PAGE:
By Jared Chausow
By Katie Toth
By Elizabeth Flock
By Albert Samaha
By Anna Merlan
By Jon Campbell
By Jon Campbell
By Albert Samaha
The model slips the dress over her head and stands naked but for a pair of tiny black lace panties, not even bothering to go behind the screen, but no one is looking at her. Instead, Albert and his two partners, CEO Elizabeth Whitman (Harvard '06) and Adam Schneider, vice president for marketing and public relations (Harvard '07), are studying Polaroids of models in different "looks" that are spread out on a badly banged-up desk.
Albert is debuting his fall 2006 collection at MAO Space, a venue on 18th Street that produces shows for designers who are mostly too young, or too broke, to show in the tents, the official site in Bryant Park run by Olympus Fashion Week. About 70 designers are scheduled for presentations in the tents over the next eight days, and many more will show elsewhere, in places ranging from a tugboat in dry dock to a dilapidated former synagogue on Norfolk Street.
Manhattan is only the first stop on a semiannual fashion rotation that includes London, Milan, and Paris; regardless of the town, the audiences remain surprisingly similar, an international caravan of editors and buyers who have been making this trek for decades.
For a novice like Albert, New York's Fashion Week presents a make-or-break opportunity to pique the interest of these sartorial rainmakers. One enthusiastic review from an important magazine, one big order from a major department store can put a fledgling designer immediately on the map. On the other hand, more often than anyone likes to acknowledge, really talented people can languish on the sidelines, showing excellent collections season after season but for some reason falling through the crackslacking the moxie, the fierce desire, or maybe just the plain dumb luck that lands other designers on top.
Ready to walk
photo: Jennifer Snow/jensnow.com
Albert's childhood home is two blocks from the house where Mary Tyler Moore supposedly lived, but when he's asked whether that fresh-faced working girl inspired his collection he says, "Not this time." His inaugural effort is instead dedicated to the Mitford sisters, six madcap debutantes who lived in Britain between the wars and captivated society with their dazzling repartee, their beauty, and the wildly divergent lives they went on to lead. (Two were Nazis; one was a famous muckraking Communist; another was a much lauded author.) Though a glance at the bursting rack holding his collection doesn't immediately bring Mitfords to mindunless you can imagine Jessica in a transparent python blouseAlbert says he doesn't really mean for you to take this Mitford business literally.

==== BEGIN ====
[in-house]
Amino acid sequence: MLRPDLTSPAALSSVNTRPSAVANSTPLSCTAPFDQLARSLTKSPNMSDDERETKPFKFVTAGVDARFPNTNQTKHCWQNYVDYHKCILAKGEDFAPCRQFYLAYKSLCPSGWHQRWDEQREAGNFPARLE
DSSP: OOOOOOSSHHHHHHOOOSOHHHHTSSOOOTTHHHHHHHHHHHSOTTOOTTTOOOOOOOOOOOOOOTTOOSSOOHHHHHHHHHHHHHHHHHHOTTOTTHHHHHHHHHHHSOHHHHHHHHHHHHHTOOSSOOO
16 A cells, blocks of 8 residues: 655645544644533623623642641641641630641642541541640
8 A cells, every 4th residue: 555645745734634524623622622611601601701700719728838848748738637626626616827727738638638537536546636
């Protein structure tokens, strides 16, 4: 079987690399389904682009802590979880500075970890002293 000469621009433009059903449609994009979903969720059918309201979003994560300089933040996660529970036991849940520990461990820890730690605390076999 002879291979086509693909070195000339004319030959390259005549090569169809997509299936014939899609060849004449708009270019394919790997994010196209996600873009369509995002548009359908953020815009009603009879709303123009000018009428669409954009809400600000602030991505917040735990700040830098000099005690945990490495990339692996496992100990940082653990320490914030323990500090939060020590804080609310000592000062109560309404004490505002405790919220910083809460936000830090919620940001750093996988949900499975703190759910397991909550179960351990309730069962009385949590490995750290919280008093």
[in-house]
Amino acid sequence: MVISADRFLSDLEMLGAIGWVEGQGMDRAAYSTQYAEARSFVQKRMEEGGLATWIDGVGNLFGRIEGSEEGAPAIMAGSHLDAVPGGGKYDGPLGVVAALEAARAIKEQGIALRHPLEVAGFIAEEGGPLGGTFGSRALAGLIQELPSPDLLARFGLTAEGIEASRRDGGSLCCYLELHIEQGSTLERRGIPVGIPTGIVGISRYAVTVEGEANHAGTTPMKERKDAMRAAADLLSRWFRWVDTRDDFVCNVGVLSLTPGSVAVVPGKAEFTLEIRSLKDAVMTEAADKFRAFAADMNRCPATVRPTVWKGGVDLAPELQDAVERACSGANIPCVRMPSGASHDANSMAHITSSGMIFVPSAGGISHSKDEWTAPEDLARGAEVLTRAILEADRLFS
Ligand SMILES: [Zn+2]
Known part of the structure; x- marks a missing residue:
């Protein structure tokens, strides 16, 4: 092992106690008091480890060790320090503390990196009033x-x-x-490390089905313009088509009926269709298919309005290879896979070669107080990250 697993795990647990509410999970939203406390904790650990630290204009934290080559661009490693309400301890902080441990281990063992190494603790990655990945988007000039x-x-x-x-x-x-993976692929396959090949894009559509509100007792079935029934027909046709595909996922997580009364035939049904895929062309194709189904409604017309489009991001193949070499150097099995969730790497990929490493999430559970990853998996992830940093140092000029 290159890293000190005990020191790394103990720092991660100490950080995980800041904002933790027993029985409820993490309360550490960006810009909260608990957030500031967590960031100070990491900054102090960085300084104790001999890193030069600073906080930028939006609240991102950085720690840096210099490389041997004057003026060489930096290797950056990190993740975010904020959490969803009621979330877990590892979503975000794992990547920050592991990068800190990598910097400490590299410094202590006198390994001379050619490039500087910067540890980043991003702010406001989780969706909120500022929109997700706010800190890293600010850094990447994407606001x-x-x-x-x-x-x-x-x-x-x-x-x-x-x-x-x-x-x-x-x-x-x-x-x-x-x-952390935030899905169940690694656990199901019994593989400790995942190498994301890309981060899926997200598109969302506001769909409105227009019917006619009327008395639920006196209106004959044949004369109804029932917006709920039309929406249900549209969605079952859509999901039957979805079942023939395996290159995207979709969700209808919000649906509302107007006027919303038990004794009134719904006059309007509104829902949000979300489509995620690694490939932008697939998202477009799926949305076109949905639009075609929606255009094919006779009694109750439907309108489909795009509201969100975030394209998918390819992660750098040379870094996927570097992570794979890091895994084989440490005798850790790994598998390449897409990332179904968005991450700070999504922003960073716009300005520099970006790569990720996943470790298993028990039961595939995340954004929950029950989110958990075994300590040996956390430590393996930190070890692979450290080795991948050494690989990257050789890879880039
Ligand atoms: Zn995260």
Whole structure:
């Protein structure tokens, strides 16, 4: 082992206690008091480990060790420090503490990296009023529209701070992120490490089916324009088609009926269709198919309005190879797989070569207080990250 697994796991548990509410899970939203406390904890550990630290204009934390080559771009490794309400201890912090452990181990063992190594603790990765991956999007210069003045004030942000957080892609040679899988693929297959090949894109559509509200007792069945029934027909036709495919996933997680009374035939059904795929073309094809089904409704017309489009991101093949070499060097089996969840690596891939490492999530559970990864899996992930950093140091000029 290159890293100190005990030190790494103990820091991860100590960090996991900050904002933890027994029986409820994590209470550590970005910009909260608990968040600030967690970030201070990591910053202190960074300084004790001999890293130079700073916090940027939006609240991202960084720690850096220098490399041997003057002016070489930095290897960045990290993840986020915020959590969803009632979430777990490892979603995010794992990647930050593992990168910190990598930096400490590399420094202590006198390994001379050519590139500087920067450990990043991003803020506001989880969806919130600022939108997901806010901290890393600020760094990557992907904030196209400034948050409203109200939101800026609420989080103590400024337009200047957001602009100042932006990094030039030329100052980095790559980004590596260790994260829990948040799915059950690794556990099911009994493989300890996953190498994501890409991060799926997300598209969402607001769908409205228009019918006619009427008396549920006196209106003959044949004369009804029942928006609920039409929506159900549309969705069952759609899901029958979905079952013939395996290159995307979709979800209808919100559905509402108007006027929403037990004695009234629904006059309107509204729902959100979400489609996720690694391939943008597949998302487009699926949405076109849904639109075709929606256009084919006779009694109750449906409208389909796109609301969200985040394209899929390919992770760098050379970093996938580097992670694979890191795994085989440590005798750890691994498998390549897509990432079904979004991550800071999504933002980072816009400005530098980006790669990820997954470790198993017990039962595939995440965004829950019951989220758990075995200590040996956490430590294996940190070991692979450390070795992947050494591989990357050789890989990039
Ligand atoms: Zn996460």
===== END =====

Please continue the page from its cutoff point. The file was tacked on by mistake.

"The collection tries to synthesize the Mitford spiritpragmatic but at the same time extremely frivolous," he says, holding up a bold royal-blue skirt trimmed with what Albert calls "butter" piping and swaths of teal crystal pleating. "It's really just about my vague sort of love for these sisters that I'm trying to translate into modern, contemporary clothes for real womenmaybe something to wear to brunch with your grandmother." When it is suggested that these days both granddaughter and grandmother are likely to show up for such an occasion in sweatpants, everyone in the studioeven the modelcracks up.
If Albert is a little over-the-top with his Mitford references, he is hardly alone. The fashion world floats on a fluffy cloud of hyperbole: This season, the house of J. Mendel says its collection is meant to invoke the spirit of Bonnie Parker; Y-3 states that its clothes were strongly influenced by 1950s horror movies; Ralph Lauren cites modern shooting parties (grouse, one assumes, not heroin); Luella Bartley suggests an affinity with a blindfolded Bettie Page; Diane von Furstenberg offers the film Working Girl.
One thing is clear: If you don't believe in your own peculiar vision, no matter how far-fetched, you'll never convince the clothes-buying public to meet you and your fantasies at least halfway, and you really have no business mounting a runway show. In fact, it could be argued that it's the ability to transfix, bewitch, and ultimately seduce an initially indifferent audience that makes for a truly great designer.